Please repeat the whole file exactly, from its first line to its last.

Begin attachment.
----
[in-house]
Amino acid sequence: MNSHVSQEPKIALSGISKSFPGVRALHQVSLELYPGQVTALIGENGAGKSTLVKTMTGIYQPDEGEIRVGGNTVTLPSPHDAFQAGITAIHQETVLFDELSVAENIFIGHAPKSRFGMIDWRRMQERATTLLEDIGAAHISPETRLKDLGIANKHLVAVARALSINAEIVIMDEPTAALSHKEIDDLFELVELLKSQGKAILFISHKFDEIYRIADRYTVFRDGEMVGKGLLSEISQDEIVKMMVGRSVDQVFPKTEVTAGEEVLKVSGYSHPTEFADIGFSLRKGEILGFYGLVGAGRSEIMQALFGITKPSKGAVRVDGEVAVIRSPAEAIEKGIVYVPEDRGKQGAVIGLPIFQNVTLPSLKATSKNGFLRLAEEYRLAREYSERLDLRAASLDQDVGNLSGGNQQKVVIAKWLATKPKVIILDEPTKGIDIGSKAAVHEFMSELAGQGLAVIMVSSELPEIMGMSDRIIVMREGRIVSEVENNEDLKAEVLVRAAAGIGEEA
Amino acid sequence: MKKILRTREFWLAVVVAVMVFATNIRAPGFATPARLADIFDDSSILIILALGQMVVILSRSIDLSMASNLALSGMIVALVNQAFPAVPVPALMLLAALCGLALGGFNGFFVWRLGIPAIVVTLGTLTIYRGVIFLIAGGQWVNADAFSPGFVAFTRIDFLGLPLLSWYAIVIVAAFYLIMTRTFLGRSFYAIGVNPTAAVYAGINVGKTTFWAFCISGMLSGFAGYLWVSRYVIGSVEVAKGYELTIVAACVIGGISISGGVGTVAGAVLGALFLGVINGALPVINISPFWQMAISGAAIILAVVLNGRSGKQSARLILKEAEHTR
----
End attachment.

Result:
[in-house]
Amino acid sequence: MNSHVSQEPKIALSGISKSFPGVRALHQVSLELYPGQVTALIGENGAGKSTLVKTMTGIYQPDEGEIRVGGNTVTLPSPHDAFQAGITAIHQETVLFDELSVAENIFIGHAPKSRFGMIDWRRMQERATTLLEDIGAAHISPETRLKDLGIANKHLVAVARALSINAEIVIMDEPTAALSHKEIDDLFELVELLKSQGKAILFISHKFDEIYRIADRYTVFRDGEMVGKGLLSEISQDEIVKMMVGRSVDQVFPKTEVTAGEEVLKVSGYSHPTEFADIGFSLRKGEILGFYGLVGAGRSEIMQALFGITKPSKGAVRVDGEVAVIRSPAEAIEKGIVYVPEDRGKQGAVIGLPIFQNVTLPSLKATSKNGFLRLAEEYRLAREYSERLDLRAASLDQDVGNLSGGNQQKVVIAKWLATKPKVIILDEPTKGIDIGSKAAVHEFMSELAGQGLAVIMVSSELPEIMGMSDRIIVMREGRIVSEVENNEDLKAEVLVRAAAGIGEEA
Amino acid sequence: MKKILRTREFWLAVVVAVMVFATNIRAPGFATPARLADIFDDSSILIILALGQMVVILSRSIDLSMASNLALSGMIVALVNQAFPAVPVPALMLLAALCGLALGGFNGFFVWRLGIPAIVVTLGTLTIYRGVIFLIAGGQWVNADAFSPGFVAFTRIDFLGLPLLSWYAIVIVAAFYLIMTRTFLGRSFYAIGVNPTAAVYAGINVGKTTFWAFCISGMLSGFAGYLWVSRYVIGSVEVAKGYELTIVAACVIGGISISGGVGTVAGAVLGALFLGVINGALPVINISPFWQMAISGAAIILAVVLNGRSGKQSARLILKEAEHTR